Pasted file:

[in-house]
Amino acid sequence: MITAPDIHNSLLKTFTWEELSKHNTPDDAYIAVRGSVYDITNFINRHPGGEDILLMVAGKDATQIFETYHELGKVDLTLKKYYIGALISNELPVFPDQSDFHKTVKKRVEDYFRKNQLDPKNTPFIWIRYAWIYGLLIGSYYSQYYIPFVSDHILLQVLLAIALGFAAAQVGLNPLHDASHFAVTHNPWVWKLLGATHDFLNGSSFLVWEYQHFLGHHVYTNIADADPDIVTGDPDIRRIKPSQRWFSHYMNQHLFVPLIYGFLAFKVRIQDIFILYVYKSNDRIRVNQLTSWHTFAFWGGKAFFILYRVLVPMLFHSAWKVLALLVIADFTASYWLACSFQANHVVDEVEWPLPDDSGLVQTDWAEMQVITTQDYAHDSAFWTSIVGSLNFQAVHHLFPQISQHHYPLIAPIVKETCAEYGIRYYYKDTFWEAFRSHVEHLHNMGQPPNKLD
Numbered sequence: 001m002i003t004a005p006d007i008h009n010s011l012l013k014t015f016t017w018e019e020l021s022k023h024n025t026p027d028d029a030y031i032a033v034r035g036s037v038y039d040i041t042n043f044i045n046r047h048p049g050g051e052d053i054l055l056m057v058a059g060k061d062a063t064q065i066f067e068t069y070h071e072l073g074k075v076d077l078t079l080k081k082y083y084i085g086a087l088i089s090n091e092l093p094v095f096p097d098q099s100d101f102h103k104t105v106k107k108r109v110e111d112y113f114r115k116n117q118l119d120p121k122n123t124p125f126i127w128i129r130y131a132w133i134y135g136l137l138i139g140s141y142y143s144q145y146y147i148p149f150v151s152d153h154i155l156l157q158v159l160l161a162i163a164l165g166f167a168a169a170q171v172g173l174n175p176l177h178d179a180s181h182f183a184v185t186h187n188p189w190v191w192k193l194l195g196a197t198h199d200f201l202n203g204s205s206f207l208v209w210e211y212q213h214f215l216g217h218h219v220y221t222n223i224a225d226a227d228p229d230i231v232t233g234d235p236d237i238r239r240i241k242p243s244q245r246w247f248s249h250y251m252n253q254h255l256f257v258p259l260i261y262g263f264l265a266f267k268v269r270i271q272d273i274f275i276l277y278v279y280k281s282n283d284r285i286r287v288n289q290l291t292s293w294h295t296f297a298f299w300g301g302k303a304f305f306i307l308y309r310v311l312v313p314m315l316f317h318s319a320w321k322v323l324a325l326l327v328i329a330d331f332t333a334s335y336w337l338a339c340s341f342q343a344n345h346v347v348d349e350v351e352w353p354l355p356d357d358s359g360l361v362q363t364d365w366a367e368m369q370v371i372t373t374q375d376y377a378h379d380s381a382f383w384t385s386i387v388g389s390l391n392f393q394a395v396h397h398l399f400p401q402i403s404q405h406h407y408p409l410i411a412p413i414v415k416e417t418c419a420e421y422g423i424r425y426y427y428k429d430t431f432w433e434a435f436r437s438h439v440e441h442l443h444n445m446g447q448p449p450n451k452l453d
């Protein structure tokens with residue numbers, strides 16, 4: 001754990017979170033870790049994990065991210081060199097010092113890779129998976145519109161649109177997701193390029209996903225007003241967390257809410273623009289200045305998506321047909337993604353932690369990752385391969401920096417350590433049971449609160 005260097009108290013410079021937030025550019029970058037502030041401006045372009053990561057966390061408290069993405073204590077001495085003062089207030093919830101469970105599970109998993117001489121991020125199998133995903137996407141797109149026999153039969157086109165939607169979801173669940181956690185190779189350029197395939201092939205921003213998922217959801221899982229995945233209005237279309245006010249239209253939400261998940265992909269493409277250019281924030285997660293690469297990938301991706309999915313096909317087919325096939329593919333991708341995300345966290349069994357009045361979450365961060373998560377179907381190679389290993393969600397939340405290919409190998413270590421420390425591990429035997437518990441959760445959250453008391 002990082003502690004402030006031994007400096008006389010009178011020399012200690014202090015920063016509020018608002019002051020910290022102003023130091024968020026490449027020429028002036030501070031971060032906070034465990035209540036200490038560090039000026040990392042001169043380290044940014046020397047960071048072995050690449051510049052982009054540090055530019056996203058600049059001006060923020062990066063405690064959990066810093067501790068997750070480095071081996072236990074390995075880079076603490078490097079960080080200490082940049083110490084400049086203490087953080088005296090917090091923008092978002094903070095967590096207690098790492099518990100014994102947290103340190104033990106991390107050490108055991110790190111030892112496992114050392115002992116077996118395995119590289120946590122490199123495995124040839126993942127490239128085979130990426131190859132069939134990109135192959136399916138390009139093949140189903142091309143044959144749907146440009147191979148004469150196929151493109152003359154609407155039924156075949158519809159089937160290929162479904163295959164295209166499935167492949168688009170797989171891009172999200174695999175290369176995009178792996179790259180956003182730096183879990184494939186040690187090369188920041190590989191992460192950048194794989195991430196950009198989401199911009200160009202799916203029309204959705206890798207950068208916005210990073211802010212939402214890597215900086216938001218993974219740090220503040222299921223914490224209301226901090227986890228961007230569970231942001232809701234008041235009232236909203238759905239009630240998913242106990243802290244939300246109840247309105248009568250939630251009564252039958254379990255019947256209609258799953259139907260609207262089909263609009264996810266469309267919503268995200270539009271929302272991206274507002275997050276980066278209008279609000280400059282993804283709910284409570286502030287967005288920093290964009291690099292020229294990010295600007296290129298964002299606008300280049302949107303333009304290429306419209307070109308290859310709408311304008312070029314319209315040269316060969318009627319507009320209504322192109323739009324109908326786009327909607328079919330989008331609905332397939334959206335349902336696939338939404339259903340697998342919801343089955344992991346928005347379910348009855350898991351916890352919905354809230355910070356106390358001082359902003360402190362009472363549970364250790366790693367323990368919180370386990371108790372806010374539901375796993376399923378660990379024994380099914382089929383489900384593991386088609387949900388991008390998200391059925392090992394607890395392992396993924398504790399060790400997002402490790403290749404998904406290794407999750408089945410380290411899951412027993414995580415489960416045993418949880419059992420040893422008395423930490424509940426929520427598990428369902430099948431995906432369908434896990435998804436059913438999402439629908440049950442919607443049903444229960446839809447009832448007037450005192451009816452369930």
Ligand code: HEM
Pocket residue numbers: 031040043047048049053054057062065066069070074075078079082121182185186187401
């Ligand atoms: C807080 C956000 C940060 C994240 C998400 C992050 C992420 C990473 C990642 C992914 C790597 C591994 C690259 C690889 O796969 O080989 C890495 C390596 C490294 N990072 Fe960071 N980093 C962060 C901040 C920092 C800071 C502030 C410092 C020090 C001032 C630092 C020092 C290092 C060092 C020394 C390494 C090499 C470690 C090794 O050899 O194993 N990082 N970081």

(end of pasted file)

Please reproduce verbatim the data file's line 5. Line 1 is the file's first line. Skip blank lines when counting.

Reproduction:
Ligand code: HEM